Big trucks are big (obviously), sometimes noisy, get 6 mpg hauling 80,000 pounds), and occasionally cut you off — just not as much as we cut them off. And they’re changing, to be more fuel-efficient, pollute less, and get the goods to far flung customers at lower cost. All that was on display this week at the North American Commercial Vehicle Show (NACV) in Atlanta.
Truckers are under the gun to pollute less, especially since most Class 6 (60,000 pounds of truck and cargo) to Class 8 (80,000 pounds max, truck, trailer and load) trucks run on diesel, which is seen as being tougher on the environment than gasoline engines. Most diesel trucks now use low-sulfur fuel and treat the exhaust with a urea formulation called diesel exhaust fluid, same as diesel pickup trucks and the few remaining diesel cars use. But changes are coming, as trucks shift from turbo-diesel big engines to hybrids to natural gas, battery electric, or hydrogen fuel cell electric.
Here’s our take on the best tracks of NACV.
The traditional powerplant for a big truck is a big engine such as the Cummins X15 turbo-diesel. The impetus for change in trucks comes from the West Coast, especially the Los Angeles basin, especially truck-centric places such as the Port of Long Beach. Ships are required to use shore power, or electric lines from onshore, when in port. The port’s Clean Trucks Program in 2012 banned older, high-polluting drayage trucks, the ones that make port to warehouse runs. As of October 2018, trucks registering to use the port had to be model year 2014 or new.
Outside the US, truckers are or will be restricted from entering large cities unless they meet stiff clean air and/or fuel economy standards. So it’s not just passenger cars under pressure to be cleaner, it’s also commercial trucks, and it’s also – in California – things like lawn mowers, leaf blowers, and charcoal barbecues with restrictions. Small as one lawn mower or one can of charcoal-starter fluid seems, the collective impact is significant in densely populated states. The two-stroke engine designs used by many products are ferociously bad for both the environment and your lungs. A single leaf-blower emits more particulate pollution than a car.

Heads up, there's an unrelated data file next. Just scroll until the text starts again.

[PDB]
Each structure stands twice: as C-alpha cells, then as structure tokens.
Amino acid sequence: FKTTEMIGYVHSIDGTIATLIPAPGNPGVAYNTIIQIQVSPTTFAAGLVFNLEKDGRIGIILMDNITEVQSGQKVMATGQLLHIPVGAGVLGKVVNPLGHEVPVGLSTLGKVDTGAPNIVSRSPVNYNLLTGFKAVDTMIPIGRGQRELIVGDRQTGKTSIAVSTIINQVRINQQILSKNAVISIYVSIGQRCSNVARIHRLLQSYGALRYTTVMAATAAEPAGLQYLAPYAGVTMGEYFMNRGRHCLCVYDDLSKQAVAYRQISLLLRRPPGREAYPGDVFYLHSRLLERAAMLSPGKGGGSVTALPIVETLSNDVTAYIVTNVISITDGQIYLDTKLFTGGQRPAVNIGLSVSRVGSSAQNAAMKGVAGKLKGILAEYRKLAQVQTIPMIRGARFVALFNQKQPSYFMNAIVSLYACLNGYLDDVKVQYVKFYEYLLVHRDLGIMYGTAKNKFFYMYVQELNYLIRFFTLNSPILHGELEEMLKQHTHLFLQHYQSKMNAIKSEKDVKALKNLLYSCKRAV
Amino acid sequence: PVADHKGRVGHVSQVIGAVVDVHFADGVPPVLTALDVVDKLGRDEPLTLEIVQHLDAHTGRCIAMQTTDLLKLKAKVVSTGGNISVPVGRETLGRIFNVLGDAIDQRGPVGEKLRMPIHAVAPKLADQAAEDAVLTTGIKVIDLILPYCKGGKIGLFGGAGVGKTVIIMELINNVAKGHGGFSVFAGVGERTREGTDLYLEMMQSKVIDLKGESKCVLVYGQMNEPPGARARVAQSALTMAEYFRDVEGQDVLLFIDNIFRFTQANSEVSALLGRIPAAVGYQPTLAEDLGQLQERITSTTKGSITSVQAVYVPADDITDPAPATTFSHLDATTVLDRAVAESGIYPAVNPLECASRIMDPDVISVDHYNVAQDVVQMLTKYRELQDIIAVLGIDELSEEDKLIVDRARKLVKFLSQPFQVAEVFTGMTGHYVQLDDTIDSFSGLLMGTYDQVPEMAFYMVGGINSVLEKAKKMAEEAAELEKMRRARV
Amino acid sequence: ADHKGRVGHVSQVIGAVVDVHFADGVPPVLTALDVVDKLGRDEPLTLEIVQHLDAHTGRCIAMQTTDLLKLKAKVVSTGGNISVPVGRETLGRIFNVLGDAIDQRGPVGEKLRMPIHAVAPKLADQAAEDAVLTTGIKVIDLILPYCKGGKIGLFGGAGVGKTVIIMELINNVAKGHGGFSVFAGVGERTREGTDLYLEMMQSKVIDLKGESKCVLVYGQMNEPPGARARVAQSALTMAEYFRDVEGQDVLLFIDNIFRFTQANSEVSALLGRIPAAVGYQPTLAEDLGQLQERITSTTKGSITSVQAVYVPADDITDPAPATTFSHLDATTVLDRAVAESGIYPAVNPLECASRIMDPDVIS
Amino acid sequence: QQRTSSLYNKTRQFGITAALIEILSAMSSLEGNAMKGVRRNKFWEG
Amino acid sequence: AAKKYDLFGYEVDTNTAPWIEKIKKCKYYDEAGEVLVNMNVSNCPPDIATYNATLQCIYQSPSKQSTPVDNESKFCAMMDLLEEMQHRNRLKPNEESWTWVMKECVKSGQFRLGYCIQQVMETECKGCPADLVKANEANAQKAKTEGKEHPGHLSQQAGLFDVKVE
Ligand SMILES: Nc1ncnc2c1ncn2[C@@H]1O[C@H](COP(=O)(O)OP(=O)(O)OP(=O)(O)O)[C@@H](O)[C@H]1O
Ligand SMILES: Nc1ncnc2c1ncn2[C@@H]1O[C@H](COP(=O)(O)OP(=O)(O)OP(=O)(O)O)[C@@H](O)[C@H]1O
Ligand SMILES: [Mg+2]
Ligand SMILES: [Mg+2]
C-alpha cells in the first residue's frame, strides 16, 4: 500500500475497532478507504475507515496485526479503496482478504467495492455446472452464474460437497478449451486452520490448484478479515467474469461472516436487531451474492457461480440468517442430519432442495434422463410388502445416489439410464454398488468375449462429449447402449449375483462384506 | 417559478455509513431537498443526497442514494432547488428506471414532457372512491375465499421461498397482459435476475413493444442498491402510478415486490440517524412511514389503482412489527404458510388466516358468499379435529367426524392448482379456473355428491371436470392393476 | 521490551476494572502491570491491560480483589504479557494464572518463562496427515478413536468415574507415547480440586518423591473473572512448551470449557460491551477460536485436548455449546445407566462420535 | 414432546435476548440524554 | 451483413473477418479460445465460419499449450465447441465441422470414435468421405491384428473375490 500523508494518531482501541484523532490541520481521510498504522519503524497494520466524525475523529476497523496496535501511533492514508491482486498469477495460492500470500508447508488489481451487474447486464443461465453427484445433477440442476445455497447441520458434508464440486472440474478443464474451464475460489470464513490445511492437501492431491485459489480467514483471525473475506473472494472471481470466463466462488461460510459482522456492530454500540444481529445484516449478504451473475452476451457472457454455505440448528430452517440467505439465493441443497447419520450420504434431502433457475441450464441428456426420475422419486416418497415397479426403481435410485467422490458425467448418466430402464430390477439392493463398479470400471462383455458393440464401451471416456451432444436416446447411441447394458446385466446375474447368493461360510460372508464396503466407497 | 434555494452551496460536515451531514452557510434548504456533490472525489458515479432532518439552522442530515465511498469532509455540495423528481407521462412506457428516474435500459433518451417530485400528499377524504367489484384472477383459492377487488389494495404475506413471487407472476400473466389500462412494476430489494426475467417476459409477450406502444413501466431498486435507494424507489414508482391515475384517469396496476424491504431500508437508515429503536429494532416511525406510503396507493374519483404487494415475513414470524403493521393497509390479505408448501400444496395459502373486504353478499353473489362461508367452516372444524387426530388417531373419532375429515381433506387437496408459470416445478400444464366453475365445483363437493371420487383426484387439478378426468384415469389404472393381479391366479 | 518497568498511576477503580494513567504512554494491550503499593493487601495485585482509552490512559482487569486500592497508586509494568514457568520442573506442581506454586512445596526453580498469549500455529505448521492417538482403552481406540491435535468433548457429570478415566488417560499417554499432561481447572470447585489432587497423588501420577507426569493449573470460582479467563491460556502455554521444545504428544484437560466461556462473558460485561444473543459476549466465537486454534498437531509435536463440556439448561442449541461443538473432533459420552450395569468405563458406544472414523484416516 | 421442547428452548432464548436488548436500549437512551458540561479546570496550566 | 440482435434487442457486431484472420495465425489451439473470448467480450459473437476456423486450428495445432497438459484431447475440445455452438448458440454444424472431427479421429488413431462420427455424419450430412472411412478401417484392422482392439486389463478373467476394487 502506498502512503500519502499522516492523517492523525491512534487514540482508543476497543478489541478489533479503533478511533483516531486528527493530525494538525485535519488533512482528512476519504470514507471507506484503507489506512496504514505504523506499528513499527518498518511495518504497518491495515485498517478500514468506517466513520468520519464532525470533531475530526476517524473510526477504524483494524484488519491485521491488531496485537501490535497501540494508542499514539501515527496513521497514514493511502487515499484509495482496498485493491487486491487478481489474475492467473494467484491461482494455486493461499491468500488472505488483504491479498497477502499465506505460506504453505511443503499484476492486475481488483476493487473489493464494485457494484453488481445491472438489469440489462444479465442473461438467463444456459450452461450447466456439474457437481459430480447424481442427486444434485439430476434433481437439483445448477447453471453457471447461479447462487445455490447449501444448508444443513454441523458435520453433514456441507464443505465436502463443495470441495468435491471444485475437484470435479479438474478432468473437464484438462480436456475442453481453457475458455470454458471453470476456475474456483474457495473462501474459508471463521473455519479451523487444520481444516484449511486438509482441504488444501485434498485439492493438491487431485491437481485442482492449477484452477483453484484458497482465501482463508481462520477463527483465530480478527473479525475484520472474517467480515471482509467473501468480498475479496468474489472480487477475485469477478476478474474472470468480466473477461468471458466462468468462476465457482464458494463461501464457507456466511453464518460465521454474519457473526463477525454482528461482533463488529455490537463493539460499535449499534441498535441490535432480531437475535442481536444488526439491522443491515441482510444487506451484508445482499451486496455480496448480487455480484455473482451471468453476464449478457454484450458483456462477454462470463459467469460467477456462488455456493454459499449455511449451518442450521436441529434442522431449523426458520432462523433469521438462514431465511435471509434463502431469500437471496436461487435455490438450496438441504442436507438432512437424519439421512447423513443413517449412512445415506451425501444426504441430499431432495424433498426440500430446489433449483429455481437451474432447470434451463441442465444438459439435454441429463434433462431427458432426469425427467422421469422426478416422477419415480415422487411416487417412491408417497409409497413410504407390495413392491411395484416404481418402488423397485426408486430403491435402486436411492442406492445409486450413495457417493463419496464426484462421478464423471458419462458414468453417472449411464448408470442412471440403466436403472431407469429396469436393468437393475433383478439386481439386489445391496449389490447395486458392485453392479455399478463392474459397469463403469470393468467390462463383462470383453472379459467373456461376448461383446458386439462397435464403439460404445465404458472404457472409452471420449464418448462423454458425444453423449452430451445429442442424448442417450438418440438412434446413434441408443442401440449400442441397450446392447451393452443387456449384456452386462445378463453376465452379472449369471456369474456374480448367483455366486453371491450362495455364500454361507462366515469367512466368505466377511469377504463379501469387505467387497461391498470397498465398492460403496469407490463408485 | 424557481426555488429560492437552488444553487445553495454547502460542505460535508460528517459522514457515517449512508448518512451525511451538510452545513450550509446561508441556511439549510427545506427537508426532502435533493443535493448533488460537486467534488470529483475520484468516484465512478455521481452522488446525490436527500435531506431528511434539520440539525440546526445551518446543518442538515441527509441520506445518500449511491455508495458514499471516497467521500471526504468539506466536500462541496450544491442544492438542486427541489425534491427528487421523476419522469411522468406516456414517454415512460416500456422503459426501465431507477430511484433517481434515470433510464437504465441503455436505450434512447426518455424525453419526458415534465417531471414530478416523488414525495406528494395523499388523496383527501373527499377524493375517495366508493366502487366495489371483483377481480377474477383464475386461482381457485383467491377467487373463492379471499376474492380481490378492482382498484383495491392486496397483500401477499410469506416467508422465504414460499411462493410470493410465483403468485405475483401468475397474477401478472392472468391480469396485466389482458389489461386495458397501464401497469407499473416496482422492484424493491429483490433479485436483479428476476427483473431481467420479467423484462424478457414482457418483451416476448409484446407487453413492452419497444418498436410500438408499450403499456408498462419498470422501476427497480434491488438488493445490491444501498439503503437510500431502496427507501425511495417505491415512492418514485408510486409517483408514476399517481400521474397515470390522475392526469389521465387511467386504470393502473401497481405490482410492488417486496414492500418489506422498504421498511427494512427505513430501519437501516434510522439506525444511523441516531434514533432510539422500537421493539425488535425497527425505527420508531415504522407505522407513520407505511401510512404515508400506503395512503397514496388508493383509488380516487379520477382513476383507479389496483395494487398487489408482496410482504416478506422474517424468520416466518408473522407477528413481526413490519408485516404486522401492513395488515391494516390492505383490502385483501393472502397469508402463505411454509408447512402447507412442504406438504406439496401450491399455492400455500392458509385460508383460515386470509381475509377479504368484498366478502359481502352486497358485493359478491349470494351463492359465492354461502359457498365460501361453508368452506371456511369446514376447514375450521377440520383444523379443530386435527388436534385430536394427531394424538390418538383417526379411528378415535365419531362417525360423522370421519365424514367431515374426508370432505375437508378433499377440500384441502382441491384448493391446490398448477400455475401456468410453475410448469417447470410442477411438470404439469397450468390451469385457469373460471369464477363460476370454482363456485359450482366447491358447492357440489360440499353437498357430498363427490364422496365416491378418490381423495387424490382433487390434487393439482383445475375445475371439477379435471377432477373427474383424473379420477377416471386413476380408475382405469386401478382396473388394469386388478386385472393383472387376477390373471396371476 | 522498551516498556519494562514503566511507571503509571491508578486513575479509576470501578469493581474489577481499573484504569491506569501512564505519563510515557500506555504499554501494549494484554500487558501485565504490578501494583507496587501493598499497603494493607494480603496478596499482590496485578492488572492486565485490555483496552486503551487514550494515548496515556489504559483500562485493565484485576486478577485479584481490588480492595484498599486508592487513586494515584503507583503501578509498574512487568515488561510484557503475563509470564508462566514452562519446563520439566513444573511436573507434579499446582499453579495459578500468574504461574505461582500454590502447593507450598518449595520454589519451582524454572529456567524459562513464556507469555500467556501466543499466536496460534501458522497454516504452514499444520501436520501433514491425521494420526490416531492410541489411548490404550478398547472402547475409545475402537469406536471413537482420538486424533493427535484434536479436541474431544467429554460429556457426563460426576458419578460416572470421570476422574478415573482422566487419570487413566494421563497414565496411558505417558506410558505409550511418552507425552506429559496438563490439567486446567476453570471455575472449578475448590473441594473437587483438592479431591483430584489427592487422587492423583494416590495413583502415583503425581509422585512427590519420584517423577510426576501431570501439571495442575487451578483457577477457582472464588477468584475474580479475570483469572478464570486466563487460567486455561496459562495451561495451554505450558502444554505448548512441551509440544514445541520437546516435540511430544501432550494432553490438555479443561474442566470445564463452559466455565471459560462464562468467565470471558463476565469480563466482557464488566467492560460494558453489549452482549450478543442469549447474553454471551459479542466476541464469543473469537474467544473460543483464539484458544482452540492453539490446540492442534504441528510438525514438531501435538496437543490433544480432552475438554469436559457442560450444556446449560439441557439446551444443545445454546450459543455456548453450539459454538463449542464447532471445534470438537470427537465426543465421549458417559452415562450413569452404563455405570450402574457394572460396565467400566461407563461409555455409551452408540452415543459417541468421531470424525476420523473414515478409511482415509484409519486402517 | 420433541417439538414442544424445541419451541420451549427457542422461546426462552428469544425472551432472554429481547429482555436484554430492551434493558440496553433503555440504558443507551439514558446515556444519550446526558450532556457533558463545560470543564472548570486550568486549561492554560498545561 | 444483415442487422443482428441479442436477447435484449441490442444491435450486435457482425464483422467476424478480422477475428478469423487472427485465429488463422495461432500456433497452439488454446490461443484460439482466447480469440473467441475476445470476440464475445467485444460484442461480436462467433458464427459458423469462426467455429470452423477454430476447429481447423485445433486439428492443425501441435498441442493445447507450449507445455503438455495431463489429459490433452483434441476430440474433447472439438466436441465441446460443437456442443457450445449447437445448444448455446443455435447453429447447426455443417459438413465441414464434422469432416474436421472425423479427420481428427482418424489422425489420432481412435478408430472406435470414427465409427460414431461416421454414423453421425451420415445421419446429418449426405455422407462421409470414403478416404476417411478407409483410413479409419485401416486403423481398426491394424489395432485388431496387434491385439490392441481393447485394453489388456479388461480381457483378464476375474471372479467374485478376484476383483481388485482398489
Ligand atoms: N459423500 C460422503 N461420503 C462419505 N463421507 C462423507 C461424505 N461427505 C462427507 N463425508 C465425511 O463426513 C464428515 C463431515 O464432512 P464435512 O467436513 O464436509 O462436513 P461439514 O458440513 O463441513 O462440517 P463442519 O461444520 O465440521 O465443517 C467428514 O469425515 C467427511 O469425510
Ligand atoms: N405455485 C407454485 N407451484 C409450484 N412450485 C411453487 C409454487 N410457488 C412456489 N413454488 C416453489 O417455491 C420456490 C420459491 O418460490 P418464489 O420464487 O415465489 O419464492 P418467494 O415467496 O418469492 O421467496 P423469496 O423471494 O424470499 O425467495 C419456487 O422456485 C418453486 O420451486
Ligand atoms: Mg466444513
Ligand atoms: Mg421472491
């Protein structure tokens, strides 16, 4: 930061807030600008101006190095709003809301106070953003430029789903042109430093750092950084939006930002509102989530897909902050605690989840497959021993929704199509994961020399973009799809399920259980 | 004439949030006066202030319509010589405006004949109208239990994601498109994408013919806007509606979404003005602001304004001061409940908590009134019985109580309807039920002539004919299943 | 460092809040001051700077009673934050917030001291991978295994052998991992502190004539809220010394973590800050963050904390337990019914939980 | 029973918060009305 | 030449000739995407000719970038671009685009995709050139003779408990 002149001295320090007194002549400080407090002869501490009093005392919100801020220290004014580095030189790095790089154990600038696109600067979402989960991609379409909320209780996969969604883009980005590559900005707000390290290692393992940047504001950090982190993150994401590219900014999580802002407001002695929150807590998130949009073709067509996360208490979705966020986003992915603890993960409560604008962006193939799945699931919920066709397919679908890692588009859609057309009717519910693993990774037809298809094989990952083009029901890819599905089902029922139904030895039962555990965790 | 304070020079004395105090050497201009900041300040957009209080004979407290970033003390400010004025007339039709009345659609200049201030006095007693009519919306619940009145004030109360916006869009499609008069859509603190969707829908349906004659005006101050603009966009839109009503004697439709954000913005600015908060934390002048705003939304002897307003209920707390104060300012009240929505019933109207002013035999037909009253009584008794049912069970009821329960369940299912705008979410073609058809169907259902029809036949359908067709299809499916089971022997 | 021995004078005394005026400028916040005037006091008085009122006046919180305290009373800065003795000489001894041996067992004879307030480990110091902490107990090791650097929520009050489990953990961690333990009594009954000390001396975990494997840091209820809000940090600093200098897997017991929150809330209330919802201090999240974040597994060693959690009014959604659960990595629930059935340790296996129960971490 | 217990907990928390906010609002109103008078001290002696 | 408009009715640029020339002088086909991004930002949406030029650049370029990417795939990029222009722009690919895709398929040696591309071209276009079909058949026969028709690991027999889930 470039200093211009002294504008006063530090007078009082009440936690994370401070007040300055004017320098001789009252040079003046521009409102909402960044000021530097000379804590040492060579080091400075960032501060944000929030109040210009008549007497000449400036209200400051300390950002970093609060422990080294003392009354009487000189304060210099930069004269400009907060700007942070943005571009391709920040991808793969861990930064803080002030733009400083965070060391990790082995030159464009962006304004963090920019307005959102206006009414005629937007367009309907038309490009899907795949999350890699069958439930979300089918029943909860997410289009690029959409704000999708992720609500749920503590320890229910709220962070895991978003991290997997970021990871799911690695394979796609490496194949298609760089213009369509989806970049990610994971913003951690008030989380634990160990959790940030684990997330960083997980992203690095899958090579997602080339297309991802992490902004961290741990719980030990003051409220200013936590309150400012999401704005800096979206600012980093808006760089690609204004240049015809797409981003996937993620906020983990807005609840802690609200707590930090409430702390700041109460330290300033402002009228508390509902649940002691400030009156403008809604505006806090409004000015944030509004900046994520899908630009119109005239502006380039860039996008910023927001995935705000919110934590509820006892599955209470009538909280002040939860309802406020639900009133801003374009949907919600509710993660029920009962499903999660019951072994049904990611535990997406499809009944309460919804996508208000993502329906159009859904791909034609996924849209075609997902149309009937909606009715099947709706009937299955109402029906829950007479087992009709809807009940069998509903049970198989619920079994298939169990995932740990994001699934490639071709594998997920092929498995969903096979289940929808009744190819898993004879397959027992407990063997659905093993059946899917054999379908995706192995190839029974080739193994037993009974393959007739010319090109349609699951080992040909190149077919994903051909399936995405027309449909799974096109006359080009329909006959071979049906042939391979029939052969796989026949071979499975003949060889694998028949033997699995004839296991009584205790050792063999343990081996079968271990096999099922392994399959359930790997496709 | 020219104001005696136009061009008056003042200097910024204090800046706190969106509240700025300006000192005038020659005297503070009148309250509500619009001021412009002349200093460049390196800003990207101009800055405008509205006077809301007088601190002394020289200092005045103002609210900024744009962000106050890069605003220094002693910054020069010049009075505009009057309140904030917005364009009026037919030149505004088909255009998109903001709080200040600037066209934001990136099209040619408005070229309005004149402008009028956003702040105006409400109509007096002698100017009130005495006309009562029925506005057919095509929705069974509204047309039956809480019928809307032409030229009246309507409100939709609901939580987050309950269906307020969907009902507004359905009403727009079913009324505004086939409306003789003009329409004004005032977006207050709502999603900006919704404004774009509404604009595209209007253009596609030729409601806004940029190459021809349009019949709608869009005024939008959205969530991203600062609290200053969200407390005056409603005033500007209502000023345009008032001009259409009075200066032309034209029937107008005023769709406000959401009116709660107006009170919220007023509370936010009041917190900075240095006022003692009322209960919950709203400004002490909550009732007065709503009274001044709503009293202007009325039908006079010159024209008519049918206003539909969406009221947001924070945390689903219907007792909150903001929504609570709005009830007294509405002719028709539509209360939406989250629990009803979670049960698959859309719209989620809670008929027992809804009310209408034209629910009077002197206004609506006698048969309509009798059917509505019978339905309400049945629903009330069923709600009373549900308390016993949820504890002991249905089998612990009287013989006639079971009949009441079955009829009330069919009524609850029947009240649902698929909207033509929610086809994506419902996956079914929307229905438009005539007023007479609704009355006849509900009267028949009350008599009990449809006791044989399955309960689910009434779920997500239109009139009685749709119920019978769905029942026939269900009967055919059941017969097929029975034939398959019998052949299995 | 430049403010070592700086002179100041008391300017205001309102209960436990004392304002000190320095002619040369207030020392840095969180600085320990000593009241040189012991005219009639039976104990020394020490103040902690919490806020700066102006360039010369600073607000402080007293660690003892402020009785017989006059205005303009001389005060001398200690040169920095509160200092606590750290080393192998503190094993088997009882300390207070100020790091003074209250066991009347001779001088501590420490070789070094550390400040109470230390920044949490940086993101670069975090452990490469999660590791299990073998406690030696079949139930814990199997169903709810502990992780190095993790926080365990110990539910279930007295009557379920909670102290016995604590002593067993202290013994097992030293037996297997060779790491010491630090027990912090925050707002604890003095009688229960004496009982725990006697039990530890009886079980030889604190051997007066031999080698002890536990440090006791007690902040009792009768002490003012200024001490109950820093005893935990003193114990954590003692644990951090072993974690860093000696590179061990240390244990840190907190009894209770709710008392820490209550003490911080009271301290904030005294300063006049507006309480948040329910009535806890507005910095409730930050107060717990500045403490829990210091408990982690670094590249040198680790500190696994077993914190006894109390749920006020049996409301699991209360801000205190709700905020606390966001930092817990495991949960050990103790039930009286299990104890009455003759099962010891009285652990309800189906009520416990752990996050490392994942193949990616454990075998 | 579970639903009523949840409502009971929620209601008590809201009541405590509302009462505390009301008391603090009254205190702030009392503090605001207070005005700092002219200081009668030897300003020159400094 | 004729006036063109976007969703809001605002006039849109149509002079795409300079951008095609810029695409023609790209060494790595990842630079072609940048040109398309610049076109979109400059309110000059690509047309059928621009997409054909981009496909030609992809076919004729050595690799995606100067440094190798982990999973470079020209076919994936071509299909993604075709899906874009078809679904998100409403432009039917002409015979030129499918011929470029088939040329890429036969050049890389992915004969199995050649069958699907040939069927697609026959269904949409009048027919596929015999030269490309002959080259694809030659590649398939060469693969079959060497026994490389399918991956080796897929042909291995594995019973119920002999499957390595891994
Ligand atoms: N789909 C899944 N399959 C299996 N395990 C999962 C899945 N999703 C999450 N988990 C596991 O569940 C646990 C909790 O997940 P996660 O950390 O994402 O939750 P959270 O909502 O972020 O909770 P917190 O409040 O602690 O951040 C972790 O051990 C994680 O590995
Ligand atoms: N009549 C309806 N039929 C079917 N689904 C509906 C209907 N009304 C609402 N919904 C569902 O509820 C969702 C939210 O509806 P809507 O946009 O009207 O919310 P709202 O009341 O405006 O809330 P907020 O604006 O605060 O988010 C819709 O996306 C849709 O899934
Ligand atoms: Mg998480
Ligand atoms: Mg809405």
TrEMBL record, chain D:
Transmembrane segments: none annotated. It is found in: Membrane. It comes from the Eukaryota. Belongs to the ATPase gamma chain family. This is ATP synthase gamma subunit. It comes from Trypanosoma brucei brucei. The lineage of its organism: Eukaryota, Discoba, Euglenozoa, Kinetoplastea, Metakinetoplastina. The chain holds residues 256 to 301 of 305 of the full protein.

The big no-show of the NACV show was the Tesla Semi battery-electric truck, with a claimed range of 300-500 miles depending on how much battery you buy. The Semi got a Hollywood-style launch in November 2017 and a prototype was spotted on a California street in early 2018. At the launch, Tesla talked about deliveries in 2019, and here we are seven weeks from 2020, with – surprise – no shipping Tesla Semis. Back in April 2019, Tesla reset the date to 2020.
Perhaps tellingly, there was significant action at NACV with hydrogen fuel-cell electric trucks, highlighted by the futuristic Hyundai HDC-6 Neptune. Despite infrastructure issues, truckers may be sensing that’s surmountable. What’s harder to resolve is what lithium-ion batteries weigh, possibly 20,000 of the truck’s 80,000-pound capacity. Plus motors. A diesel engine, transmission, drivetrain, and 250 gallons of clean-diesel fuel good for 2,000 miles weighs less half that.
This was the second biennial North American Commercial Vehicles show and it drew 470-plus exhibitors versus 439 at the 2017 show in Atlanta, organizers said.
- Hyundai Makes the Case for Fuel Cell Trucks With Gorgeous HDC-6 Neptune
- Tesla Semi: 500-Mile Range, Cheaper Than Diesel, Quick to Charge
- Amazon Buys 100,000 Electric Trucks from Rivian (Total EV SUVs, Pickups Built to Date: 0)